Coffee and Cigarettes. Is this about addiction in its milder forms or indulgence in its More aggressive manifestation? ...
Is this about addiction in its milder forms or indulgence in its More aggressive manifestation? Billed as a series of vignettes, Jim Jarmusch's film has a repetitive motif - pairs or sMall groups of individuals discussing nothing much in assorted coffee shops, dives and speak-easies while smoking Cigarettes.
There may be some deep and significant zeitgeist in train but most of the improvisations, despite some relaxed and cRedible acting, seem to lead nowhere - either individually or collectively.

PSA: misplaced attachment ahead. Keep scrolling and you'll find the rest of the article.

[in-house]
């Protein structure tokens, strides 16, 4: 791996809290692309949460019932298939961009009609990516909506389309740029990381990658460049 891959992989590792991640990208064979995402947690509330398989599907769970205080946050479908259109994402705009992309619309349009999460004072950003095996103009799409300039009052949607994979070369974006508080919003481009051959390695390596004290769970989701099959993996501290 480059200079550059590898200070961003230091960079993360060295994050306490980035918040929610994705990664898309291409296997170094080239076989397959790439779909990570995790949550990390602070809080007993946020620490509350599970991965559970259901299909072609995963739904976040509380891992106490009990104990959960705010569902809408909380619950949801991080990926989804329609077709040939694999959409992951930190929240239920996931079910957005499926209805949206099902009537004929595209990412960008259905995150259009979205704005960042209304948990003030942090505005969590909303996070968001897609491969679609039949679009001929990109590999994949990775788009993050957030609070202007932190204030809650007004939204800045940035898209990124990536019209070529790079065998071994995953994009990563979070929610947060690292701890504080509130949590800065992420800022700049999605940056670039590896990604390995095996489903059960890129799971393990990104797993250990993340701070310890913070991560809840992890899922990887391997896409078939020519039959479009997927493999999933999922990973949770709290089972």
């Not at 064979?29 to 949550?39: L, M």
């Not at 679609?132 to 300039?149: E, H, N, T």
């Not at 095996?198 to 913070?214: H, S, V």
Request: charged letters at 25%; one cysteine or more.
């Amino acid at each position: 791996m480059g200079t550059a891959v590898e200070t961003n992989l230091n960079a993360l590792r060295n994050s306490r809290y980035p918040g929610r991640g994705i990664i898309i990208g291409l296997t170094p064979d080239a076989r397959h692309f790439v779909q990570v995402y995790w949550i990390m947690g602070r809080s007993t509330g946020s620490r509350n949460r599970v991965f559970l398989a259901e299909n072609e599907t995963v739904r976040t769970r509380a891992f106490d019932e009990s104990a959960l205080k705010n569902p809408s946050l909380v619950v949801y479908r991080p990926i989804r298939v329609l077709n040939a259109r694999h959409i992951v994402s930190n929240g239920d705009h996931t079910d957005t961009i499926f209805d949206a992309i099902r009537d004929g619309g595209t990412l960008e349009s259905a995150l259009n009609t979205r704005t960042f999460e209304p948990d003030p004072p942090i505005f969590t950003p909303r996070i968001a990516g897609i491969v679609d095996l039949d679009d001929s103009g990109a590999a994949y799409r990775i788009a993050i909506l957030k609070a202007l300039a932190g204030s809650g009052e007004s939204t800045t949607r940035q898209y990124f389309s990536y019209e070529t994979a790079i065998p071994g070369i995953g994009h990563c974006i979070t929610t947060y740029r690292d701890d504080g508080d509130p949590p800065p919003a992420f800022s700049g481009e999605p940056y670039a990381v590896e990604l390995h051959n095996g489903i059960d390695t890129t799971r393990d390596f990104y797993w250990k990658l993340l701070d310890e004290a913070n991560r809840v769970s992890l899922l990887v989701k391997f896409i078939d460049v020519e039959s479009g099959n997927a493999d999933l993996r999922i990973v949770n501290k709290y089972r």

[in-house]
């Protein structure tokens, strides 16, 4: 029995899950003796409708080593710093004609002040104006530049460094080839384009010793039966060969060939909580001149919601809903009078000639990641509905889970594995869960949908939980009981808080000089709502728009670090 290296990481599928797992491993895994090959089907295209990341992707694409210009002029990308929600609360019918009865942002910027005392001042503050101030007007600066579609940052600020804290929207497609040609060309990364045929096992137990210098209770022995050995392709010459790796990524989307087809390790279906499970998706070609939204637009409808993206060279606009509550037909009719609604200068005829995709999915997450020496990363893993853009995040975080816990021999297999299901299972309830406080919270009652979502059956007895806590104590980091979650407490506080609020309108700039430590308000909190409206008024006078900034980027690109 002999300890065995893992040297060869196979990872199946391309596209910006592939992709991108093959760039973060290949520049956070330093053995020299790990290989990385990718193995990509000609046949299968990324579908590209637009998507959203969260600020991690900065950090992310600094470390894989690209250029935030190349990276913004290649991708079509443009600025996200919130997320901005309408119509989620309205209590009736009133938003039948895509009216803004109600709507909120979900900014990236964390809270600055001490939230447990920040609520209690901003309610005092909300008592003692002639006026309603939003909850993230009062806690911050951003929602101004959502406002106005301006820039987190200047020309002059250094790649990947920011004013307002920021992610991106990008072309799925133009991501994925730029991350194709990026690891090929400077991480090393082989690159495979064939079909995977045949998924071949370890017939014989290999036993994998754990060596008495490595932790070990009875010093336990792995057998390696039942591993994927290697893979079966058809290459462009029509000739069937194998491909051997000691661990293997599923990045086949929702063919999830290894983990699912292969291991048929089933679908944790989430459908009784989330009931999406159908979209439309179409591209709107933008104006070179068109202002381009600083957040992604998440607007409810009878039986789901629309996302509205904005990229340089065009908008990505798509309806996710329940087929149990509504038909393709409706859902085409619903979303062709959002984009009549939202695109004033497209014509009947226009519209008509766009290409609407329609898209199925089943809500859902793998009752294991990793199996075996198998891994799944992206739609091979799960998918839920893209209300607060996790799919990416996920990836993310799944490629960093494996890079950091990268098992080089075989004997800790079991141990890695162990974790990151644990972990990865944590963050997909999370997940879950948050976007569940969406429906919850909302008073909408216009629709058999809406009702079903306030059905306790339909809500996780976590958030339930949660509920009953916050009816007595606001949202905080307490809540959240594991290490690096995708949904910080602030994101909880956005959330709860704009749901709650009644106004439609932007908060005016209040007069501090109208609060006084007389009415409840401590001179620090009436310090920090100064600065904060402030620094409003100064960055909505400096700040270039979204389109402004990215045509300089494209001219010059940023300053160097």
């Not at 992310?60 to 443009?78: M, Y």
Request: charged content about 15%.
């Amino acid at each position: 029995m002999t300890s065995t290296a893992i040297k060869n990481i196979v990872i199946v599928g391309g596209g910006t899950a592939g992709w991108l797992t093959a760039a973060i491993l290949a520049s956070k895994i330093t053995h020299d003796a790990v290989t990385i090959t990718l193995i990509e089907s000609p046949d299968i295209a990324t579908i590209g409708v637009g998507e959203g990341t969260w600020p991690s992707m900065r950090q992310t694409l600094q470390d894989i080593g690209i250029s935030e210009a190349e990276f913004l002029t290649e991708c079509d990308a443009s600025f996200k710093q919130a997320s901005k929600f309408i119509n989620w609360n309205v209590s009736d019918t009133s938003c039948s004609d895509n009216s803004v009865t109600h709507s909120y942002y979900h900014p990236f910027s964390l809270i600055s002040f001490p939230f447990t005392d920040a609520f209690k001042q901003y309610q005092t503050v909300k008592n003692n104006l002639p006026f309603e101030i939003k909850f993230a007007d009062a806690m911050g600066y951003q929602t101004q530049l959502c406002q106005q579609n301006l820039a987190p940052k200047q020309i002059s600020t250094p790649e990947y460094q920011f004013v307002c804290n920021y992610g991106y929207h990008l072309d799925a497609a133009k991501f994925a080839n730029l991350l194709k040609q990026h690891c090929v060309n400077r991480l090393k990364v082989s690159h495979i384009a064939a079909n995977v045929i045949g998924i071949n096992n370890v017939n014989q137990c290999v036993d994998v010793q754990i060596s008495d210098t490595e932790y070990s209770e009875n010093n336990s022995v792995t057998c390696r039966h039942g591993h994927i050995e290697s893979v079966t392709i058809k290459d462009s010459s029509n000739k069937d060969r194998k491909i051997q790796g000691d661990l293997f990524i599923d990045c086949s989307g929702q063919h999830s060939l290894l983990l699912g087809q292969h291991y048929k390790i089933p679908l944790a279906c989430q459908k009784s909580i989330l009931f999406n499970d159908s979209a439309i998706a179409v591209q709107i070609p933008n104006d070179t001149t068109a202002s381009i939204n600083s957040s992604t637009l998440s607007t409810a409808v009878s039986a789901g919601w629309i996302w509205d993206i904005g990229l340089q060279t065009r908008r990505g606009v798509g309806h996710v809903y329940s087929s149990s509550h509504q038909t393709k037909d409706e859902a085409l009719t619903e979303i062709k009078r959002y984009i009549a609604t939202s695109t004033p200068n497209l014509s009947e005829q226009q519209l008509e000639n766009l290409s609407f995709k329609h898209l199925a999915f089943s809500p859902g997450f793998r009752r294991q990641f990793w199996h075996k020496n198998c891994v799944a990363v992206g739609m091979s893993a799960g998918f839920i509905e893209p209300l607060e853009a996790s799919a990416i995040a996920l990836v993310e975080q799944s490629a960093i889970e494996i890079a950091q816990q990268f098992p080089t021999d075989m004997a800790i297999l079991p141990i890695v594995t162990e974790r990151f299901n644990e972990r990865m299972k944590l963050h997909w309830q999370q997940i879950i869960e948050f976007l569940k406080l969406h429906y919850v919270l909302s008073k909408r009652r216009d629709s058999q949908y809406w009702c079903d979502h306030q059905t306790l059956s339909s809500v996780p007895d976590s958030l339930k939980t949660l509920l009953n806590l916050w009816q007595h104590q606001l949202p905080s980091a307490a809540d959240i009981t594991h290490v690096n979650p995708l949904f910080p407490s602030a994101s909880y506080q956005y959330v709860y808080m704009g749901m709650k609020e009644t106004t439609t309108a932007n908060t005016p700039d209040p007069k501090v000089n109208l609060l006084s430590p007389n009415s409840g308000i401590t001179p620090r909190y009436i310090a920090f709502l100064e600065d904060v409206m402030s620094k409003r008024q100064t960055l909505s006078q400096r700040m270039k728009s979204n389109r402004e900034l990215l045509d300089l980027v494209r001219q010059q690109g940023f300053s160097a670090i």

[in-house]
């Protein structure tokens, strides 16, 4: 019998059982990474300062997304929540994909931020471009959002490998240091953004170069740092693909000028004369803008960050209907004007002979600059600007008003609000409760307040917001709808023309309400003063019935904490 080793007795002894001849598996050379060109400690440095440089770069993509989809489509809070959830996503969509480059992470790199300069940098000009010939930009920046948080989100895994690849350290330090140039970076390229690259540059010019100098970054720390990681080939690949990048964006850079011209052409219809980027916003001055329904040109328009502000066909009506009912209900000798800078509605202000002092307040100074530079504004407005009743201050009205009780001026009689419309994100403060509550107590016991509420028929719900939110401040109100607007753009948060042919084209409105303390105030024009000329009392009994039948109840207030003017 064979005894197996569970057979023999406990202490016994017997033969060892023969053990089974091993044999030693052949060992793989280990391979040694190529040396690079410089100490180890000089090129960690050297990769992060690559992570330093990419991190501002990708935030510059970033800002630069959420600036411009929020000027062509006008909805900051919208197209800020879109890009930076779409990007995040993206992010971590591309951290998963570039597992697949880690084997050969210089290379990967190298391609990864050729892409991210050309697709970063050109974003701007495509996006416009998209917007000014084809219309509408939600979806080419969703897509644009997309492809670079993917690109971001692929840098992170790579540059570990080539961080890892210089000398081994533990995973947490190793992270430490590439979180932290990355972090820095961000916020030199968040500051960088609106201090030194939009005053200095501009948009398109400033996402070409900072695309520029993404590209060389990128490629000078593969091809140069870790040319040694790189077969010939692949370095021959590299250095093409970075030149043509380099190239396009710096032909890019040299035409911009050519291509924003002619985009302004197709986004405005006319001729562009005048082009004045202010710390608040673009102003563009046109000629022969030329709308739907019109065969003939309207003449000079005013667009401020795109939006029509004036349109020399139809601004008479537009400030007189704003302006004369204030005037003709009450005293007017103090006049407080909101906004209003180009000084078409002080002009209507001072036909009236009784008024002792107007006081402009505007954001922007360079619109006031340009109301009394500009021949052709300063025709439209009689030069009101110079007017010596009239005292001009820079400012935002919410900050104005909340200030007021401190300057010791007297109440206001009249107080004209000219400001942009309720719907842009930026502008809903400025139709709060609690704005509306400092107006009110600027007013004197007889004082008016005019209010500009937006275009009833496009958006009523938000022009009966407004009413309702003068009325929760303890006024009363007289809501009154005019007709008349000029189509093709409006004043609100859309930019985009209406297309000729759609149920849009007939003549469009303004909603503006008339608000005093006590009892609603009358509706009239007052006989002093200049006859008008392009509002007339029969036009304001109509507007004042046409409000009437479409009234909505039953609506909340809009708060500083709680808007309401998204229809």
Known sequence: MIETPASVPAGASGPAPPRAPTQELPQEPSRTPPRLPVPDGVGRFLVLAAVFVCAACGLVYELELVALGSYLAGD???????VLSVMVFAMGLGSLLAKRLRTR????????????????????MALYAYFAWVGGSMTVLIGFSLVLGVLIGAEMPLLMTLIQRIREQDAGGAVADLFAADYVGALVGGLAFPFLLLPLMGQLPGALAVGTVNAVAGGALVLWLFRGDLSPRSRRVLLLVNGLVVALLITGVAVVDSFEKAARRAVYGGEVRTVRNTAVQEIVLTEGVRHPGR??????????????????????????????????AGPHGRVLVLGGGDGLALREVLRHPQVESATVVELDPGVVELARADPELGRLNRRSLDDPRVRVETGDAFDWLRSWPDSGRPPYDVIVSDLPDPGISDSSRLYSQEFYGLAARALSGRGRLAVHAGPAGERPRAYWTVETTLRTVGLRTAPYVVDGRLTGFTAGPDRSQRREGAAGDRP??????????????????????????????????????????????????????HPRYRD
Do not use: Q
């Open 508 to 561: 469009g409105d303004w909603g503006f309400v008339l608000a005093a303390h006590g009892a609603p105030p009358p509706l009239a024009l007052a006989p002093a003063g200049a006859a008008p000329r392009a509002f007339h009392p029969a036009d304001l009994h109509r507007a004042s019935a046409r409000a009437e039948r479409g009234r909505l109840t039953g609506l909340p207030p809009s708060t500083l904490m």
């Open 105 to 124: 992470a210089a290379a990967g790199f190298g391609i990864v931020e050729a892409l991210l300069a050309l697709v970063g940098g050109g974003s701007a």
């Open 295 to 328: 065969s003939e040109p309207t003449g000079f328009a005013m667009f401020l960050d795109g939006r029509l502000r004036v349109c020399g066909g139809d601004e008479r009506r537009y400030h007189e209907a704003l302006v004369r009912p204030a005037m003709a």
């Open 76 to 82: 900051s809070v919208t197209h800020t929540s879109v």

Does that make the film a conceit? Does that even make it a film? It took about 15 years to assemble and therefore can be regarded as something More than a vanity.
A promising start from Roberto Benigni and Steve Wright soon subsides into a humdrum anthology, occasionally enlivened by material with some sense of dramatic sinew. Cate Blanchett, featuring simultaneously as herself and her jealous cousin, produces some sparkle and a sequence involving AlfRed Molina and Steve Coogan is memorable.
But Tom Waits with Iggy Pop? Maybe Jerry Seinfeld would appreciate its minimalistic ennui and nihilistic flattery. Stronger Cigarettes and More potent coffee - Mother Teresa's Black Mambo De-Luxe Blend from Costa Rica, perhaps - might be needed.